“As long as you have good control of your asthma, you really can live in any city in the world and still be symptom-free,” says Waldron.

Jonathan A. Bernstein, MD, allergist professor of medicine, department of internal medicine, University of Cincinnati College of Medicine.

Cascya Charlot, MD, medical director, Allergy and Asthma Care of Brooklyn, N.Y.

Asthma And Cities: Should I Move

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Understandably, many people living in cities and suffering with asthma are desperate to get out. They want to move, convinced that life in another part of the country will resolve their asthma symptoms. However, asthma experts generally advise against the idea.

Why? For one, it often doesn’t work. Asthma is such a complex disease — affected by so many different factors — that it’s hard to predict how a person will do in a new location, Waldron says.

Another thing to keep in mind: people who have allergies are prone to developing new allergies. So after all the bother of moving, you could just wind up trading your old ragweed allergy in Boston for a brand new oak tree allergy in Palm Bay, Fla.

Be very cautious when considering a move because of your asthma symptoms. Remember, there’s no best city for asthma. If you’re determined, Bernstein recommends that you try living in the new location for a few months before permanently uprooting yourself.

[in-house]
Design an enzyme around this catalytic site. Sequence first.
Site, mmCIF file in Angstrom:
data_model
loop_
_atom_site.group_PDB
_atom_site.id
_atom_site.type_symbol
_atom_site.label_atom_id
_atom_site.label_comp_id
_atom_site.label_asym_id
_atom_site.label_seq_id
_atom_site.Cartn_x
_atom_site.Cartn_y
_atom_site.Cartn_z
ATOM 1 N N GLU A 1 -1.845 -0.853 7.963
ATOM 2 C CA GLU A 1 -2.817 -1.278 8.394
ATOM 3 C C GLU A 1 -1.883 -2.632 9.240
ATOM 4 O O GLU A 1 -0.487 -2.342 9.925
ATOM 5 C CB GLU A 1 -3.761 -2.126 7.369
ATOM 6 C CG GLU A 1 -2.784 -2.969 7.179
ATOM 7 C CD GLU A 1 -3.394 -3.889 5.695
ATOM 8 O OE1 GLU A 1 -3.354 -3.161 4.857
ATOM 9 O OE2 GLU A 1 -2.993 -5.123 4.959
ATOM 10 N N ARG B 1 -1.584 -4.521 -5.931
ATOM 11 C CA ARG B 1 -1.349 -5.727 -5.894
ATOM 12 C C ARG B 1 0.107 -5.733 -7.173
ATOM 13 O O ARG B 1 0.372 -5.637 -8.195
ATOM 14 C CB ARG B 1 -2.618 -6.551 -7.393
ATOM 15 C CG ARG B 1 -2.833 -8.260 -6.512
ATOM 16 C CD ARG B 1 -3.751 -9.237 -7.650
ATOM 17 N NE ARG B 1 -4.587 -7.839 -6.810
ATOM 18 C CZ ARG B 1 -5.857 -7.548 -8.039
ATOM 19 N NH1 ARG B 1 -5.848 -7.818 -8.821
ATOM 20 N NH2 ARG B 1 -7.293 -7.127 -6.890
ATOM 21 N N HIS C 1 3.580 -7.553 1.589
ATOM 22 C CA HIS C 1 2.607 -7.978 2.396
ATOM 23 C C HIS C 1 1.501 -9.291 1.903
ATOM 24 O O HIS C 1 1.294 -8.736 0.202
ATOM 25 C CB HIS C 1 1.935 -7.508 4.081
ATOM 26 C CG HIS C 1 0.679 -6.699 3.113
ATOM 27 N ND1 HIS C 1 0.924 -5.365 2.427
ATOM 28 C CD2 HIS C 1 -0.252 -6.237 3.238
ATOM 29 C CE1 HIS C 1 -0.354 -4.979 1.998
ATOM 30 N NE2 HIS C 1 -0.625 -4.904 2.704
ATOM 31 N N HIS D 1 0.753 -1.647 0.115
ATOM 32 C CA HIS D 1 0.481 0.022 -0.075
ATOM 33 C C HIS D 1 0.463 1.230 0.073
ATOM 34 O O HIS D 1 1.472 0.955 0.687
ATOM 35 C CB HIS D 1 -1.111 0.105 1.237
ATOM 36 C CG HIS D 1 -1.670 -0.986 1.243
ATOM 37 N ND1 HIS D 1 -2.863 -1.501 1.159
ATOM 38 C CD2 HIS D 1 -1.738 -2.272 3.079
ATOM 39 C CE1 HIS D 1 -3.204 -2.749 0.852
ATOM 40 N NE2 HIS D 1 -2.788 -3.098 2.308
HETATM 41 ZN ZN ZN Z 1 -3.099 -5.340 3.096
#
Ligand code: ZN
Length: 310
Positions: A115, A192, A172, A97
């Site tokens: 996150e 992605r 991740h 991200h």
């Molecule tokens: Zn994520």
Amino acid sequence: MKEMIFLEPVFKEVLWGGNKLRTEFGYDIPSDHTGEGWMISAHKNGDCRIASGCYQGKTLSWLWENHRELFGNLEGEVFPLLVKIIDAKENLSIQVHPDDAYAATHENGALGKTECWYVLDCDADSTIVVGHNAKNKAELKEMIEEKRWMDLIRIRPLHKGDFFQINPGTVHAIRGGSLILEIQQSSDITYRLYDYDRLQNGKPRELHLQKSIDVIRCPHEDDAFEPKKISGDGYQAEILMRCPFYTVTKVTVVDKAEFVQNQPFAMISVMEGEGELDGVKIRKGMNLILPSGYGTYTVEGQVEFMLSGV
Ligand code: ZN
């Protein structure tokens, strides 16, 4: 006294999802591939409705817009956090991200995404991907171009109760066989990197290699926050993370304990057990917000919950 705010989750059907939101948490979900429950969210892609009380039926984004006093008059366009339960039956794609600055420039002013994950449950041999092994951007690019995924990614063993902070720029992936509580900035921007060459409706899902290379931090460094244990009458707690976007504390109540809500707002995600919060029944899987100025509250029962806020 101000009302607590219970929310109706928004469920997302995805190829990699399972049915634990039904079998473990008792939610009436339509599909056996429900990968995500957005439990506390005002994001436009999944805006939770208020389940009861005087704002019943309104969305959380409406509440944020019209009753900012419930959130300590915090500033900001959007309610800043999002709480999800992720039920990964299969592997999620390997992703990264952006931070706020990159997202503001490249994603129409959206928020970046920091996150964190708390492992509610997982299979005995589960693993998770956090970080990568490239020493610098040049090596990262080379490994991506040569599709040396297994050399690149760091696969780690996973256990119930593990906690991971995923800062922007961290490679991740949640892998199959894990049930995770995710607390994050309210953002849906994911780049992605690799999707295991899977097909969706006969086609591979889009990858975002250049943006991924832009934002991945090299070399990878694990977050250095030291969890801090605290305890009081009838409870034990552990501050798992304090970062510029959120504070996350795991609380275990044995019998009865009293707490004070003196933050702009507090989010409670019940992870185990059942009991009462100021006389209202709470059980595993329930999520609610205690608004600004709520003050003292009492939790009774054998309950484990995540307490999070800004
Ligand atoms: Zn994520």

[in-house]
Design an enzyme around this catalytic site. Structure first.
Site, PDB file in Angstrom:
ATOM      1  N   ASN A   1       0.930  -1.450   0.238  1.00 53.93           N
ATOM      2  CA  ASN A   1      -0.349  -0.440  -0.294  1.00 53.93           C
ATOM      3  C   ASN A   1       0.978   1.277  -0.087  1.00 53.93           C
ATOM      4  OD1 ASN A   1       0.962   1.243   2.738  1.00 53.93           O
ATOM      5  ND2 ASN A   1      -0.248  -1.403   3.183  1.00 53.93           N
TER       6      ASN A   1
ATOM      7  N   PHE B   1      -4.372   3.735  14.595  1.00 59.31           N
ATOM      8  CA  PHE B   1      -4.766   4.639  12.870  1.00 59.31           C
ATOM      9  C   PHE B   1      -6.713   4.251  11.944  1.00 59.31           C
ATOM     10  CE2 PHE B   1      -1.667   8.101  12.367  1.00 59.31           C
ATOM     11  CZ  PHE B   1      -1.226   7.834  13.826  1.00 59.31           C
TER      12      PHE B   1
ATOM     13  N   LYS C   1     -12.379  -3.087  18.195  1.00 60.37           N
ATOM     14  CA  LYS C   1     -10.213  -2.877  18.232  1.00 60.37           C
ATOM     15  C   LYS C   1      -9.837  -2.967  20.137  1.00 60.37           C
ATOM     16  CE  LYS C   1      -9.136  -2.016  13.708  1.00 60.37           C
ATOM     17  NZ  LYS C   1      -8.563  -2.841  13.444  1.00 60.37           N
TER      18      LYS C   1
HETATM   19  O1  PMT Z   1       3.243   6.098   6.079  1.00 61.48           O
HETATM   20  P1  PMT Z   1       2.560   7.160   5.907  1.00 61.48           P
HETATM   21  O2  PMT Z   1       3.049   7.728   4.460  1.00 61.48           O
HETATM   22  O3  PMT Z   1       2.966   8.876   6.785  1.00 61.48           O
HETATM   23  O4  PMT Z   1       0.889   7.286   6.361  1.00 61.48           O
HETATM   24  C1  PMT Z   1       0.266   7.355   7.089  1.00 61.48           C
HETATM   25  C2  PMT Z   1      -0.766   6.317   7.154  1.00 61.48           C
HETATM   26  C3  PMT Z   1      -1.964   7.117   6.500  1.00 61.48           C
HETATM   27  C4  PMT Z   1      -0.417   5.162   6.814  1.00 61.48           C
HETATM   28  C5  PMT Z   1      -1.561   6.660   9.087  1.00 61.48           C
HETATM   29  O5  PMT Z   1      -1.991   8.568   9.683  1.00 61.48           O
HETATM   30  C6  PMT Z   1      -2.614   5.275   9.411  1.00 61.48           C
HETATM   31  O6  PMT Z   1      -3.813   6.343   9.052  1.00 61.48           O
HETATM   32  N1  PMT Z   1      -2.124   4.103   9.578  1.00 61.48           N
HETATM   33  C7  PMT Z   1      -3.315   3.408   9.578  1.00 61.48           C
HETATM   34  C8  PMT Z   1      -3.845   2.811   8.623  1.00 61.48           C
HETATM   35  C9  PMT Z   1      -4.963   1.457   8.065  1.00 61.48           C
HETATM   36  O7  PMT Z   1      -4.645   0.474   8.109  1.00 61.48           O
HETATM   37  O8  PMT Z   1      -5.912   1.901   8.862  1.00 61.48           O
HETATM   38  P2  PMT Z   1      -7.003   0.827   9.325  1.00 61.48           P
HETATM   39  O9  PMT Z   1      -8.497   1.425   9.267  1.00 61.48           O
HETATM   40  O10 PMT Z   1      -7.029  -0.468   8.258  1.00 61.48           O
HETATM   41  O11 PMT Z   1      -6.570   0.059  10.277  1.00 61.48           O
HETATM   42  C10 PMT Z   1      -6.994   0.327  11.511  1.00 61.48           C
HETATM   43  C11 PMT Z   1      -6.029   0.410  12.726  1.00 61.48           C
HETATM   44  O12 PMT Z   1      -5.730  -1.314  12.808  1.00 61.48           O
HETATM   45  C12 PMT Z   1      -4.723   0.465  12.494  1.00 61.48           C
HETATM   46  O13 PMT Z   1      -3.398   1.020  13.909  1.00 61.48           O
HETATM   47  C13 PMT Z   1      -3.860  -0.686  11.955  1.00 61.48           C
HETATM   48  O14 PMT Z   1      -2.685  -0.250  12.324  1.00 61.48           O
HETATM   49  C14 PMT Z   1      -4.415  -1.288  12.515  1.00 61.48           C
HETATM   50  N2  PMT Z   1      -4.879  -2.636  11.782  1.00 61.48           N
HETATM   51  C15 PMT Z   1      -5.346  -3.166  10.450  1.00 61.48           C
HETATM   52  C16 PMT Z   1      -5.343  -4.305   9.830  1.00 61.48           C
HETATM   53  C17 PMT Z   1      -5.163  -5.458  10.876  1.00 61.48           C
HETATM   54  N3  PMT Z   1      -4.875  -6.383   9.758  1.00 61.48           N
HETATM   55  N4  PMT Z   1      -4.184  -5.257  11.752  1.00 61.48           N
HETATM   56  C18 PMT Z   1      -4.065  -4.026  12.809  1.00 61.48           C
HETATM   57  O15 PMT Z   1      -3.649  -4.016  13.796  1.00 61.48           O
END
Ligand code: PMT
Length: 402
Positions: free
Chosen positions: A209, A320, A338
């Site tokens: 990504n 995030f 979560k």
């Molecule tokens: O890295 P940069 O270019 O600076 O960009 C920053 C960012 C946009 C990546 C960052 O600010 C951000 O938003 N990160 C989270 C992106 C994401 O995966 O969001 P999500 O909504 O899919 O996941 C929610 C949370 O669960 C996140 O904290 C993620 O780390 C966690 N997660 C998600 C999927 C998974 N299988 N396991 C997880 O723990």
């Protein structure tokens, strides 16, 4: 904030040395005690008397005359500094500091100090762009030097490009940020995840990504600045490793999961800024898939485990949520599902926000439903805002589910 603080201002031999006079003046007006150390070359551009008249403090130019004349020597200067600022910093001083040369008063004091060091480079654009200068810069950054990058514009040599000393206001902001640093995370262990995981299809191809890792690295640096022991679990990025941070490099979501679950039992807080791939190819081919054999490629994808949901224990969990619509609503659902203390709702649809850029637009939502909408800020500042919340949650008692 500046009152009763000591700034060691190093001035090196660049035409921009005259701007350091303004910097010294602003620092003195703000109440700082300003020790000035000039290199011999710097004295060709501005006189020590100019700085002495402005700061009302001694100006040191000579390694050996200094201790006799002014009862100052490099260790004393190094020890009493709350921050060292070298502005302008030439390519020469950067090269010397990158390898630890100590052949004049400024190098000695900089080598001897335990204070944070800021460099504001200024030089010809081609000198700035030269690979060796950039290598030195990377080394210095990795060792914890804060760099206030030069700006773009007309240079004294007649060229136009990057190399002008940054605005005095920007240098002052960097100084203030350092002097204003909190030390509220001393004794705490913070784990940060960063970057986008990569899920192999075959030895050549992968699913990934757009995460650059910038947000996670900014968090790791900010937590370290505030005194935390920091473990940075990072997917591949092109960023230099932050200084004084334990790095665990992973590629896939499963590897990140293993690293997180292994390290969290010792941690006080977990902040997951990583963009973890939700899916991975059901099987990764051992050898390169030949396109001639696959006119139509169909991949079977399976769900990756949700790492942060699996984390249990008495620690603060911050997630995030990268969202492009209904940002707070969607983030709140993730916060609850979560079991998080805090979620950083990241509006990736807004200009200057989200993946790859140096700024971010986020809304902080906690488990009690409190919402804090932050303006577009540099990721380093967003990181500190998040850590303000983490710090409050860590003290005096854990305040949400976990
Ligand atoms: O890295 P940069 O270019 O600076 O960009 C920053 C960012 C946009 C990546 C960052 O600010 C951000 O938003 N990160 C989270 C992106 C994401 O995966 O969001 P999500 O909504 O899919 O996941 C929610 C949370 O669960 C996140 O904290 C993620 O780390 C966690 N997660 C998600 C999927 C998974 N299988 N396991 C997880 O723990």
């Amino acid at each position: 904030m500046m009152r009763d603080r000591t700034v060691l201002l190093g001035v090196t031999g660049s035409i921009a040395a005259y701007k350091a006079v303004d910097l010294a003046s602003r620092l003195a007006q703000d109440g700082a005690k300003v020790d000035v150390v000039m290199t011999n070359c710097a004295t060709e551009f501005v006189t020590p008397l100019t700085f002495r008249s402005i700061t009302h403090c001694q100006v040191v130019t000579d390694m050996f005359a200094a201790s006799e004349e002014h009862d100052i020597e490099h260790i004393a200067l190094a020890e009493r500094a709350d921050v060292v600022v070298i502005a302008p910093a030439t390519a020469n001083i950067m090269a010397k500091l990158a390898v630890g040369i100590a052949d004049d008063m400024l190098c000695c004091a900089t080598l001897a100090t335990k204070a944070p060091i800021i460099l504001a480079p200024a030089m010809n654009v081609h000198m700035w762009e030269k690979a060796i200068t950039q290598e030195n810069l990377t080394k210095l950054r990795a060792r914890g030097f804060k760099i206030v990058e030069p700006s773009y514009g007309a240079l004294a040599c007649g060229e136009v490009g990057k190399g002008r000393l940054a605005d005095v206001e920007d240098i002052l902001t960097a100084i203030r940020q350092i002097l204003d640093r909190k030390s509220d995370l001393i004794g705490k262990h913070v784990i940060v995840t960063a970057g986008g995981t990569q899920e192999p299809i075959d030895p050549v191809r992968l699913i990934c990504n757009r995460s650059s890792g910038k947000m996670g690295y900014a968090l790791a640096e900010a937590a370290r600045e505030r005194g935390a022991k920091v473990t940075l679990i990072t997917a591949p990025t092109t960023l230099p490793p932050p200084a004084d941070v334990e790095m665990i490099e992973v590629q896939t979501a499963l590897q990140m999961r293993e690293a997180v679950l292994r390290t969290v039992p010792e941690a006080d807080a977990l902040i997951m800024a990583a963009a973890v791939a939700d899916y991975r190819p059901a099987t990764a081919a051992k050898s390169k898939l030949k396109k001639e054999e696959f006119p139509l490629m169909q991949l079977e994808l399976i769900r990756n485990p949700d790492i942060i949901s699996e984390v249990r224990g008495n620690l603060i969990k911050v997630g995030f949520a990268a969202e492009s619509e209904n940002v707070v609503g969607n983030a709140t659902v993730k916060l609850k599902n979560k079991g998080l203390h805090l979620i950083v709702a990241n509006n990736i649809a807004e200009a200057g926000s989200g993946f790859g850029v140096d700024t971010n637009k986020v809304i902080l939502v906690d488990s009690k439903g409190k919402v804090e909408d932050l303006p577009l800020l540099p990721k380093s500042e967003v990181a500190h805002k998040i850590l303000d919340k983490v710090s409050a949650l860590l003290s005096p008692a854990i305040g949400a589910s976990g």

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The Asthma And Allergy Foundation Of America 2018 Report

Each year, the Asthma and Allergy Foundation of America compiles data from across the nation to create a list of the top 100 worst U.S. cities for people with asthma. Their goal is for people living in these cities to recognize the environmental triggers and take additional steps to keep their asthma symptoms under control.

To rank the cities, the AAFA looked at a variety of factors, including asthma rates by city, asthma-related emergency room visits and asthma-related mortality. Additionally, the report looked at environmental risk factors such as air quality, pollen counts and municipal tobacco policies. Other environmental factors that contributed to the results are poverty levels, access to respiratory specialists, medicine use and the percentage of uninsured patients in the area.